Leading members of the Republican House Financial Services Committee have expressed deep concern over recent actions by the Federal Reserve, which they believe undermine progress made by Congress in creating a regulatory framework for stablecoins for payments.
in a letter In a letter to Fed Chairman Jerome Powell, Rep. Patrick McHenry, Rep. French Hill and Rep. Bill Huizenga, they criticized the Fed for issuing supervisory letters, expressing concern about such actions May prevent financial institutions from participating in the digital asset ecosystem.
Republican Leader Accuses Fed of Undermining Stablecoin Regulatory Progress
The House Financial Services Committee has previously proposed a comprehensive regulatory framework for stablecoins in the United States. However, the bill’s prospects for becoming law have been called into question after talks between congressional Democrats, Republicans and the White House broke down last week.
Lawmakers emphasized their understanding of the need for regulatory certainty in the payment stablecoin space and the broader digital asset ecosystem to protect consumers and provide confidence to market participants.
They emphasized that this endorsement stems from the Payments Stablecoin Clarity Act, which has strong bipartisan support from the House Financial Services Committee.
Despite the committee’s proactive approach, the oversight and regulatory letters issued by the Fed, known as SR 23-7 and SR 23-8, have raised concerns among Republican lawmakers.
According to the letter, SR 23-7 and SR 23-8 appear to contradict the committee’s efforts to effectively prevent banks within the Fed’s purview from issuing payment stablecoins or participating in the payment stablecoin ecosystem.
Controversial Fed actions exposed?
While the Fed’s regulatory no-objection process was proposed as guidelines outlining permissible activities, lawmakers believe the Fed intends to prohibit any such activity, particularly related to public, permissionless blockchains. The letter includes:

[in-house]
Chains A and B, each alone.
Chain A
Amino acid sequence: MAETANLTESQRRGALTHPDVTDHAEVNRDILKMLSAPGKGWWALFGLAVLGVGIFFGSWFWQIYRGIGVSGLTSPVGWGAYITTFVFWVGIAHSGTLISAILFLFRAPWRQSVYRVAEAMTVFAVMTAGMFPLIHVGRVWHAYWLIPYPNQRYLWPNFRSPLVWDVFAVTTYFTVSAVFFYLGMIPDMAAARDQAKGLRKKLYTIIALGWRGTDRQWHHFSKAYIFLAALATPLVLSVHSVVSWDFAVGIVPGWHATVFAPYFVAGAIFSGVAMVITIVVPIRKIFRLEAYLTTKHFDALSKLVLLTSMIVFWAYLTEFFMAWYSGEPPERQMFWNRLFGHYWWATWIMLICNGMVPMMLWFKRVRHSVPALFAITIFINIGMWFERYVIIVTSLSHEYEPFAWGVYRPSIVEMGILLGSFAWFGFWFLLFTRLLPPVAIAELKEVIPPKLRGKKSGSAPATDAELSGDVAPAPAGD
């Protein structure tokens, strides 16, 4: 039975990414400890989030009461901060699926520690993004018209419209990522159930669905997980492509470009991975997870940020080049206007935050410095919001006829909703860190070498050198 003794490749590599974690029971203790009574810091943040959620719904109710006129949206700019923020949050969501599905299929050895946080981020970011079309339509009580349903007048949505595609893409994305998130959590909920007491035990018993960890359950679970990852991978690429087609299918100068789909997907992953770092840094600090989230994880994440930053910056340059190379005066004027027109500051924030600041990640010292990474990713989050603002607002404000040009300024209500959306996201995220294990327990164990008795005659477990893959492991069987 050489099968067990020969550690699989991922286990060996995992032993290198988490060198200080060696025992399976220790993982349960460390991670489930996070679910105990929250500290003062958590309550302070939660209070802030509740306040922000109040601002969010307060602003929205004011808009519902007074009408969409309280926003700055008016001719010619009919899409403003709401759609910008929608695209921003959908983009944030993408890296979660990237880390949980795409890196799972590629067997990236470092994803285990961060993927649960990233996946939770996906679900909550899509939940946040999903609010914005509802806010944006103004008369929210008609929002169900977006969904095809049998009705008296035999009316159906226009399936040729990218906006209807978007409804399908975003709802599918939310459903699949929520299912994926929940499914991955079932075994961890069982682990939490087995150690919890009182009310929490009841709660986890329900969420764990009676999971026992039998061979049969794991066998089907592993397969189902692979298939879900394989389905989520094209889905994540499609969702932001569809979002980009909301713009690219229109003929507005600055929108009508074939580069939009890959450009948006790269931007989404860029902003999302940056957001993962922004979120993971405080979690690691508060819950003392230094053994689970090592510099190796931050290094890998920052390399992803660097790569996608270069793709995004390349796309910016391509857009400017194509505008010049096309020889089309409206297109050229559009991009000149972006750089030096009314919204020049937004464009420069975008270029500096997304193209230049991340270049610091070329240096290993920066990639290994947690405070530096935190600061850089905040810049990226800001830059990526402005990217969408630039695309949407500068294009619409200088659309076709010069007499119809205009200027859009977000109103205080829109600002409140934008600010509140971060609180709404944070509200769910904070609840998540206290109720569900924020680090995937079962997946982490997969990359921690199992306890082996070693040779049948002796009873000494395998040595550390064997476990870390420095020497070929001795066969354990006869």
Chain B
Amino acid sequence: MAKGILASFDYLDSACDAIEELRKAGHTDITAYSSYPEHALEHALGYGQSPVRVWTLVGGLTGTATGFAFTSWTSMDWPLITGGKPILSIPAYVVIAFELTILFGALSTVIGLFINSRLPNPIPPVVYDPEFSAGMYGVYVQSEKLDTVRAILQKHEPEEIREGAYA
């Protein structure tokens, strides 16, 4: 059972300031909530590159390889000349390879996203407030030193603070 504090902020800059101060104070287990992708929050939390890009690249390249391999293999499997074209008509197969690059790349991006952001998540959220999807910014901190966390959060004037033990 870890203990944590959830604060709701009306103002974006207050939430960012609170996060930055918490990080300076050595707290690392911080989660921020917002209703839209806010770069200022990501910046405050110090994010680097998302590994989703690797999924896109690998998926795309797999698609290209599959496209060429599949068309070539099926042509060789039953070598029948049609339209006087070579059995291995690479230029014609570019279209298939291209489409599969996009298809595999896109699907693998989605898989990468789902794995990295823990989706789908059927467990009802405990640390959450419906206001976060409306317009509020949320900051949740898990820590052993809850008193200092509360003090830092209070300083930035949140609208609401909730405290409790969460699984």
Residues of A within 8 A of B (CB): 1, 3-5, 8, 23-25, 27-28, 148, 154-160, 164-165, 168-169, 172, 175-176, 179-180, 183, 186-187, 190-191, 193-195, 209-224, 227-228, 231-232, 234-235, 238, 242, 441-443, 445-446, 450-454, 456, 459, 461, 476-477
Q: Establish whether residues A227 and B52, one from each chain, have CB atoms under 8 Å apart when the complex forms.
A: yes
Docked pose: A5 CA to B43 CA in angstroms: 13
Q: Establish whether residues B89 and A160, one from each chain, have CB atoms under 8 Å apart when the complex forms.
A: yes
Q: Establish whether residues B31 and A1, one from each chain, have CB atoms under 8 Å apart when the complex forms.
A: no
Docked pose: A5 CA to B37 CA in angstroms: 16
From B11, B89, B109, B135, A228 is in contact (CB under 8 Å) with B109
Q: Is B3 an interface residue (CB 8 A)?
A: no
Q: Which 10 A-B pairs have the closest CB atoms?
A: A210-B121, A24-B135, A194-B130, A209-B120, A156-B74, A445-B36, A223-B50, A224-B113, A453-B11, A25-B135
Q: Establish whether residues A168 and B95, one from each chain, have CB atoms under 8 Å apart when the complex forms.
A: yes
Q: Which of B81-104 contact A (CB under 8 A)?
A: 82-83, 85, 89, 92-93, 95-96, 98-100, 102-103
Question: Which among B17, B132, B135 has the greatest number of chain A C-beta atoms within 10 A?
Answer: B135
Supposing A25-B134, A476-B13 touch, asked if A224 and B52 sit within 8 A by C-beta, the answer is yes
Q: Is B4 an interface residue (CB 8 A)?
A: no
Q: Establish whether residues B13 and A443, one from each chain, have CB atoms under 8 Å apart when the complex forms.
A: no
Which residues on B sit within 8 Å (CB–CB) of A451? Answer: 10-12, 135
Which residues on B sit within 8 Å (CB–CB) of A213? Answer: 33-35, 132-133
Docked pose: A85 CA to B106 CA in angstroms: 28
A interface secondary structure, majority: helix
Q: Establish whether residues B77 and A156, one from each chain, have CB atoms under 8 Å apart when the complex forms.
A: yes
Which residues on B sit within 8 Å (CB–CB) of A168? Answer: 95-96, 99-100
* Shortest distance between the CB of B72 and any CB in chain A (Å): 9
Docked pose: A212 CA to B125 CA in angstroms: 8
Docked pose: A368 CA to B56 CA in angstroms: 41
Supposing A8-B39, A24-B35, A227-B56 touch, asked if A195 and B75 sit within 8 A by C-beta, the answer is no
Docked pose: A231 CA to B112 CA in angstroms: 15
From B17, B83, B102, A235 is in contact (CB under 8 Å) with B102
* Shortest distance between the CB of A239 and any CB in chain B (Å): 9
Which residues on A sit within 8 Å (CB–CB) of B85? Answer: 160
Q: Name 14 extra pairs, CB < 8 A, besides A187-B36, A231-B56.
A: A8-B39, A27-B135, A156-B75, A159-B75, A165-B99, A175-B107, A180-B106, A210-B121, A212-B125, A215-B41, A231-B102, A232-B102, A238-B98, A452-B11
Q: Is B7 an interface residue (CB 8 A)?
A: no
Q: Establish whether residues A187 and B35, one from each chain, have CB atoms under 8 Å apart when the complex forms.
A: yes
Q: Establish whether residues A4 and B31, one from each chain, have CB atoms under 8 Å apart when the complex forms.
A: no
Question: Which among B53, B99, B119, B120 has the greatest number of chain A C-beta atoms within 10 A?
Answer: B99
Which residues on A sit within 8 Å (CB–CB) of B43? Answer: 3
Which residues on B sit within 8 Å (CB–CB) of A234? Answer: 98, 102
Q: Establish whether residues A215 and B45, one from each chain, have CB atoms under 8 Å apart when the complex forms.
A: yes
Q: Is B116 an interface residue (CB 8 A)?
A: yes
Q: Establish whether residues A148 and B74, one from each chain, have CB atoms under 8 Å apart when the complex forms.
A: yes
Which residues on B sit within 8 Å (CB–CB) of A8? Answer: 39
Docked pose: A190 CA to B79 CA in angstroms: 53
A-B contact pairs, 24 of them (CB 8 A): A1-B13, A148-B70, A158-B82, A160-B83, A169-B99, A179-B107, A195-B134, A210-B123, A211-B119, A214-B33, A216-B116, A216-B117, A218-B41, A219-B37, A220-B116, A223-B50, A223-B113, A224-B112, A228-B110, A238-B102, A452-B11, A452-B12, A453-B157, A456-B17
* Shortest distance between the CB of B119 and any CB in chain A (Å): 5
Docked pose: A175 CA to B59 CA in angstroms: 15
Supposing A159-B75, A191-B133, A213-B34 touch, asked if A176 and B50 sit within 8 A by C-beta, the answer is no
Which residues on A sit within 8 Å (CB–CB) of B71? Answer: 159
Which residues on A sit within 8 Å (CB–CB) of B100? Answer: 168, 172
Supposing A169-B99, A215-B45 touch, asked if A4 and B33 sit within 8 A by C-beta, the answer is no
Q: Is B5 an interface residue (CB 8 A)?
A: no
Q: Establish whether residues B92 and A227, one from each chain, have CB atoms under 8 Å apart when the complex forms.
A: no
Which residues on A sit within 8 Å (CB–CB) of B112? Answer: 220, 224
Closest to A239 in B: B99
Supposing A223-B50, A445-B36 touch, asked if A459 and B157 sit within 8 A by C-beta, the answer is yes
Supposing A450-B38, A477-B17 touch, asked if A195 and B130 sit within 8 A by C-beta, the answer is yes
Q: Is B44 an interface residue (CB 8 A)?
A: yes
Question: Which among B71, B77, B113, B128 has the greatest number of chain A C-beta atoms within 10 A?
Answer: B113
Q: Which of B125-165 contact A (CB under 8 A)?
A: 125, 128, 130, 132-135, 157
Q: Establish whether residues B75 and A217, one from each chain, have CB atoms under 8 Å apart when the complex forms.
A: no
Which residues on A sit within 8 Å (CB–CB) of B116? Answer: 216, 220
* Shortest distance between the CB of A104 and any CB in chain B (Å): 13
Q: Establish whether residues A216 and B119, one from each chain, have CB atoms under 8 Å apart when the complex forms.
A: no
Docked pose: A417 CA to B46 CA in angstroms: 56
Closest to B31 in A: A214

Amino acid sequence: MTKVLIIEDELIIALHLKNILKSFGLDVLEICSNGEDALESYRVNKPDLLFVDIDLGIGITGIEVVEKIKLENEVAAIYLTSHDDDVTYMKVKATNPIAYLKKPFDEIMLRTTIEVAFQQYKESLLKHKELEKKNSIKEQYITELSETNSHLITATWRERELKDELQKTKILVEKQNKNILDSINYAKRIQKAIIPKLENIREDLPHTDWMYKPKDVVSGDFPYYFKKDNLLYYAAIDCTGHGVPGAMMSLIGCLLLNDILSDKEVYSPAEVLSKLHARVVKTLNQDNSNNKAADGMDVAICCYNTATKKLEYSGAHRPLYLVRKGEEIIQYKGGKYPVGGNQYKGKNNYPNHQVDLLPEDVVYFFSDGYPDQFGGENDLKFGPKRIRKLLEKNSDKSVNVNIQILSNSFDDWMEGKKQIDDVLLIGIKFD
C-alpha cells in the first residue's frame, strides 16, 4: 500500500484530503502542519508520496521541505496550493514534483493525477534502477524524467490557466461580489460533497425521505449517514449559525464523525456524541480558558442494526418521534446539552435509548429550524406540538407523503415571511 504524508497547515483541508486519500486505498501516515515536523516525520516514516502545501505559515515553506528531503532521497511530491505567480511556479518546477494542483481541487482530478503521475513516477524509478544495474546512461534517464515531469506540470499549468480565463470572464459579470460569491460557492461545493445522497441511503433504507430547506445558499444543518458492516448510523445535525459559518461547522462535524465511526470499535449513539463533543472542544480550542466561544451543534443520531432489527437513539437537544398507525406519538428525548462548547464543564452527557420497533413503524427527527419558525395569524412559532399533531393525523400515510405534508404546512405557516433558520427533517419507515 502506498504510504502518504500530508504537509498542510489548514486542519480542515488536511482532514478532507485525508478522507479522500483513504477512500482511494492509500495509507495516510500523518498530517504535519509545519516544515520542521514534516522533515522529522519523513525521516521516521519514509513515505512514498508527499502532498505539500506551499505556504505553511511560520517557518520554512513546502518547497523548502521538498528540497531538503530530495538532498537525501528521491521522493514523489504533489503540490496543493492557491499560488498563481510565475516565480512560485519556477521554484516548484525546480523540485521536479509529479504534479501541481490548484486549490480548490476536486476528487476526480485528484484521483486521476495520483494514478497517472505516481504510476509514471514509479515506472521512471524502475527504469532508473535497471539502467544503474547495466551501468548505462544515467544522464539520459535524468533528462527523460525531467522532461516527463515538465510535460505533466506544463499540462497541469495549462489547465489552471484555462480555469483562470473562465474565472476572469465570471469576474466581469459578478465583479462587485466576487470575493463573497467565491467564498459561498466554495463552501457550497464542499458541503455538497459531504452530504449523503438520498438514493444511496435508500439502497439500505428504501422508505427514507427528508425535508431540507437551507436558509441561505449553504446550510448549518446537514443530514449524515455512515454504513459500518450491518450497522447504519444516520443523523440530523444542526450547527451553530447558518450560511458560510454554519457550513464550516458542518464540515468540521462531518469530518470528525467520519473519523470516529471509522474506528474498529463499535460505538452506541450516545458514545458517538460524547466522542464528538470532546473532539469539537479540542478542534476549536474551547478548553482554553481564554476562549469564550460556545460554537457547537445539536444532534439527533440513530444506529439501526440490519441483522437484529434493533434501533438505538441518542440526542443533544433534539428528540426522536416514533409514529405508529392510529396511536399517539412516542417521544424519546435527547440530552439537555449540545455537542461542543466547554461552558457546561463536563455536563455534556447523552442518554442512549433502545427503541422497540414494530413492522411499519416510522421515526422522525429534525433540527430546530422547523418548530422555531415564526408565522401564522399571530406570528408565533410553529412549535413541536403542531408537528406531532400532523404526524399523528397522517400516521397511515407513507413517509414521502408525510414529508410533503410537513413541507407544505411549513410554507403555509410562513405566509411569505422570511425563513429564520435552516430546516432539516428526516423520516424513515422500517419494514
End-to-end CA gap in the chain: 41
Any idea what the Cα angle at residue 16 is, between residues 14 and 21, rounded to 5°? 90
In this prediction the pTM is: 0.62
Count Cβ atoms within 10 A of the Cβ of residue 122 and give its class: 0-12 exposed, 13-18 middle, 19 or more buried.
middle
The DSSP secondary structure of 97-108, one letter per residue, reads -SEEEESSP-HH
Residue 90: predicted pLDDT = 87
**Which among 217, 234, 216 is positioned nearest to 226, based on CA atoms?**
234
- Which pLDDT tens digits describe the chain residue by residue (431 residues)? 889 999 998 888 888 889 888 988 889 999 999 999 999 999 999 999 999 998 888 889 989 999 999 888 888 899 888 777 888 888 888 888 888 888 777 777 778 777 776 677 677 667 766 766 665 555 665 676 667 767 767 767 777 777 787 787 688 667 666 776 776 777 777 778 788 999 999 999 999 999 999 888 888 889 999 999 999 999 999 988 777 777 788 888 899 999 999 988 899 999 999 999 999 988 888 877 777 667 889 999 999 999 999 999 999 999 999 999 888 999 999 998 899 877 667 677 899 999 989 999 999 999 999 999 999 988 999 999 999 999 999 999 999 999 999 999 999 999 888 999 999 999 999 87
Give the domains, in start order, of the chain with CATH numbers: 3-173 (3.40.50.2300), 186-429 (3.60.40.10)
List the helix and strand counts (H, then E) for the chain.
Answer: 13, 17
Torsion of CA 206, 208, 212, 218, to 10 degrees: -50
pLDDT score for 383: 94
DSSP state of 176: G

The Fed chose to effectively prevent banks from issuing payment stablecoins or participating in the payment stablecoin ecosystem. While the supervisory no-objection process is masquerading as guidance outlining the process to allow such activity, it is clear that the Fed does not intend to allow any such activity, at least as it involves public, permissionless blockchains.
Additionally, legislators expressed reservations about the new type of activity regulation scheme established under SR 23-7, which they believe imposes an additional regulatory burden on banking institutions seeking to engage with cryptoassets.
Combined with previous policy statements and decisions, they assert, this approach could eventually lead to a de facto ban on banks interacting with the digital asset ecosystem.
The letter also noted that SR 23-7 and SR 23-8 were not issued in accordance with the notice and comment process required by the Administrative Procedure Act. Lawmakers believe it is unacceptable for the Fed to issue such guidance without being accountable to market participants and the public.
The concerns raised by key members of these Republican committees underscore growing tension between Congress and the Federal Reserve over the regulation of stablecoins and the broader digital asset industry.
It remains to be seen how the Fed will respond to these objections from Republican lawmakers, and whether there will be further dialogue and potential revisions to regulatory letters.
As the debate continues, stakeholders in the digital asset industry will be watching developments closely as the regulatory environment for stablecoins remains up in the air.
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